We Are Not Criminals

If you’re in the mood for chilling, hard-hitting drama, look no further than We Are Not Criminals. This short play from Forty Elephants Theatre Company details the difficult and tense reunion of five women. The elephant in the room? 15 years ago, as school children, they murdered a ten year old girl. Sarah Stirton’s excellent writing explores whether it is possible to truly move on from the past and really packs a punch with an ending you won’t see coming.

We Are Not Criminals is truly a theatrical gem hidden in the bustle of big names at the festival.

We Are Not Criminals gripped me right from the start. The opening depicts the murder whilst the victim, Sophie, is not present on stage but instead somewhere at the back with the girls firing their cruel taunts into the audience. Though this powerfully emphasized the kind of group mindset that can overwhelm individual responsibility, the eyeline of the actors didn’t alter at all even as Sophie fell which unfortunately removed some convincing realism out of the scene.

We then cut to 15 years later although this took a while to figure out as there wasn’t quite enough to signal the long shift in time straight away. We are in the flat of Clara, the ringleader of the group, who has suddenly organised a surprise reunion for the girls.

The play was simply intriguing and took many unexpected twists and turns. There were two mysteries at heart - how the women’s lives had changed because of the murder and why Clara had decided on the reunion out of the blue. The answers were a definite surprise.

The acting was incredibly strong throughout and seemed very natural. Particular credit should go to Sarah Stirton, the writer of the piece, in her role as Clara. She had a terrifying level of authority and managed to dominate the stage from the background in a puppetmaster fashion. I also really enjoyed watching Hannah Barretto as Lucy. She had a jumpy and nervous character that reacted intensely to the events around her.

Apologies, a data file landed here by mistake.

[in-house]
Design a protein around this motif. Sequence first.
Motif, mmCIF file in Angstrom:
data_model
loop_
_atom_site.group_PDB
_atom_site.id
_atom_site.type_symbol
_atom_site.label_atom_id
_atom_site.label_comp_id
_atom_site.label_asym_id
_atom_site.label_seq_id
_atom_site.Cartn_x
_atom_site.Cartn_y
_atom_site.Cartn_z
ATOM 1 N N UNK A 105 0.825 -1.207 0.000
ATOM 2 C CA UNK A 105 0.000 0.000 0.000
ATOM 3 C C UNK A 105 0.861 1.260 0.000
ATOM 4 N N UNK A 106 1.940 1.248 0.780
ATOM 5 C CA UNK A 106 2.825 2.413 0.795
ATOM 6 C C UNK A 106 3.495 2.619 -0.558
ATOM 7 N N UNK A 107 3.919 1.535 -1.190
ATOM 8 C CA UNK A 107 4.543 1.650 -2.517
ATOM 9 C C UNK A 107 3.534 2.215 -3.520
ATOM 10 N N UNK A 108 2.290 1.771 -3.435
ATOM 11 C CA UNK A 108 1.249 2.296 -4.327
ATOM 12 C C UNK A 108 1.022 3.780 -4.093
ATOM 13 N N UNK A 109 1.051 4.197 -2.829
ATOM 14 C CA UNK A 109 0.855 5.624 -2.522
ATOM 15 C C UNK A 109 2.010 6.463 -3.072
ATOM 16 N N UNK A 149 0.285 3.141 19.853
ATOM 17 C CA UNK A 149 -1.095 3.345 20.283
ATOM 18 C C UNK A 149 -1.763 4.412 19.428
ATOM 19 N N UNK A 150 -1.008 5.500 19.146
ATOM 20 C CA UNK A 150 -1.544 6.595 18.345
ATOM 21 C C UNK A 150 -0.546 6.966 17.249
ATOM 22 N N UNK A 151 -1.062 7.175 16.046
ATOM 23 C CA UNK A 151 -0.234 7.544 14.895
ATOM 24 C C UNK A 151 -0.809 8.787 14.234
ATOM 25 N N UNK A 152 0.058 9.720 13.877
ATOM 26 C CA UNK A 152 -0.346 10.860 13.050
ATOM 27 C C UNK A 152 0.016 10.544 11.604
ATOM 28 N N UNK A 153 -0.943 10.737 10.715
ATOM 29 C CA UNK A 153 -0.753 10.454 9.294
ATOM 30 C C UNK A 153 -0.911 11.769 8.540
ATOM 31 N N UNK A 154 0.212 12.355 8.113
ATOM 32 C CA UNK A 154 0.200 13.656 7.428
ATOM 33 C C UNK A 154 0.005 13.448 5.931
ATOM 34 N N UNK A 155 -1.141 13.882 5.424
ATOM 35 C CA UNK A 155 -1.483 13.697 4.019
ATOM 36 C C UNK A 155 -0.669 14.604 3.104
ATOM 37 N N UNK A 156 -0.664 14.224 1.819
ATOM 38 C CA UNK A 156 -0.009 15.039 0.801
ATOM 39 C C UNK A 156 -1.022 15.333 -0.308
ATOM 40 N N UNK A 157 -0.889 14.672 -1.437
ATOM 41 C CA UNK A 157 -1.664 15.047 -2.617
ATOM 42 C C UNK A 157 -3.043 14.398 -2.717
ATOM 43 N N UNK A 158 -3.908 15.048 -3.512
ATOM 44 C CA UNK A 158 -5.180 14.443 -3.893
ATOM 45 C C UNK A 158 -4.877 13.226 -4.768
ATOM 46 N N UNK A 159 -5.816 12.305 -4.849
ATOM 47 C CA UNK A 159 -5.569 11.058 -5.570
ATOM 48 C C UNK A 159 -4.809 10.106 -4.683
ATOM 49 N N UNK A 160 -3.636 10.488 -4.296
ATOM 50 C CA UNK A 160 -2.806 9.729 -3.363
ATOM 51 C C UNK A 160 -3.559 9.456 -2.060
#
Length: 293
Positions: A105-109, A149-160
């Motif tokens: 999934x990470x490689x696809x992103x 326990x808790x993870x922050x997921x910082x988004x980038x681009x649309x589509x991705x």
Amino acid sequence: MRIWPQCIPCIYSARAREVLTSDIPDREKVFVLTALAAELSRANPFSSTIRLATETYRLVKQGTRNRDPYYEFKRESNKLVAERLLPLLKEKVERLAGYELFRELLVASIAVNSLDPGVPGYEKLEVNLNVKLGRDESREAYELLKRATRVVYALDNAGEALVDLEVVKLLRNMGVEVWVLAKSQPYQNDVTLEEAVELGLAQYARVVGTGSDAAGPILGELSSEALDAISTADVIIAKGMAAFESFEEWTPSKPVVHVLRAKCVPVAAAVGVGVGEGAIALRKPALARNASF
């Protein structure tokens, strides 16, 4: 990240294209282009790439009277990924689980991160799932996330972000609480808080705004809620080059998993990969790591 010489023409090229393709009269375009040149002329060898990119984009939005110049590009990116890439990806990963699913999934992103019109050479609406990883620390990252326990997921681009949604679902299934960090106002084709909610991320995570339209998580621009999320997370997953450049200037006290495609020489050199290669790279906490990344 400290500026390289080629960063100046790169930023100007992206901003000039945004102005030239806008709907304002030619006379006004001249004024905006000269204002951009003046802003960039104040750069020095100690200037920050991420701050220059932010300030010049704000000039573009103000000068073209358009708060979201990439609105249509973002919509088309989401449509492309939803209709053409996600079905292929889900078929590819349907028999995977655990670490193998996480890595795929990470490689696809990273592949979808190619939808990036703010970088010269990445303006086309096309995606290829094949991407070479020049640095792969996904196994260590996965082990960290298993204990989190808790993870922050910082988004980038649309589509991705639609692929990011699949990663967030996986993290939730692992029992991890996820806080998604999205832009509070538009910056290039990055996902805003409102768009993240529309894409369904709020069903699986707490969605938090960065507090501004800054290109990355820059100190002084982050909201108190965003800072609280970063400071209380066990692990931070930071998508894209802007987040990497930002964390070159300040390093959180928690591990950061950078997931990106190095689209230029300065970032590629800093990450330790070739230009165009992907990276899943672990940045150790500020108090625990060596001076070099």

The only thing I would improve about the performances would be its lack of motivations. There was constant moving across the stage with no reason or motive which undid the work of the naturalistic performances.

We Are Not Criminals is truly a theatrical gem hidden in the bustle of big names at the festival. A clever and intricate script is combined with new, upcoming talent to weave a story that will have you on the edge of your seat. I guarantee you will leave impressed. 

Reviews by Carla van der Sluijs

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The Blurb

When ten-year-old Sophie Turner was found dead, the lives of five young girls were changed forever. Now, after fifteen years have passed, the girls held responsible have come back together for one night. Tensions begin to mount as they discuss their lives after the death of Sophie and as the night unfolds, secrets are finally unveiled. With the truth now exposed, friendships are torn apart. But the girls soon realise, maybe there was another reason for this reunion…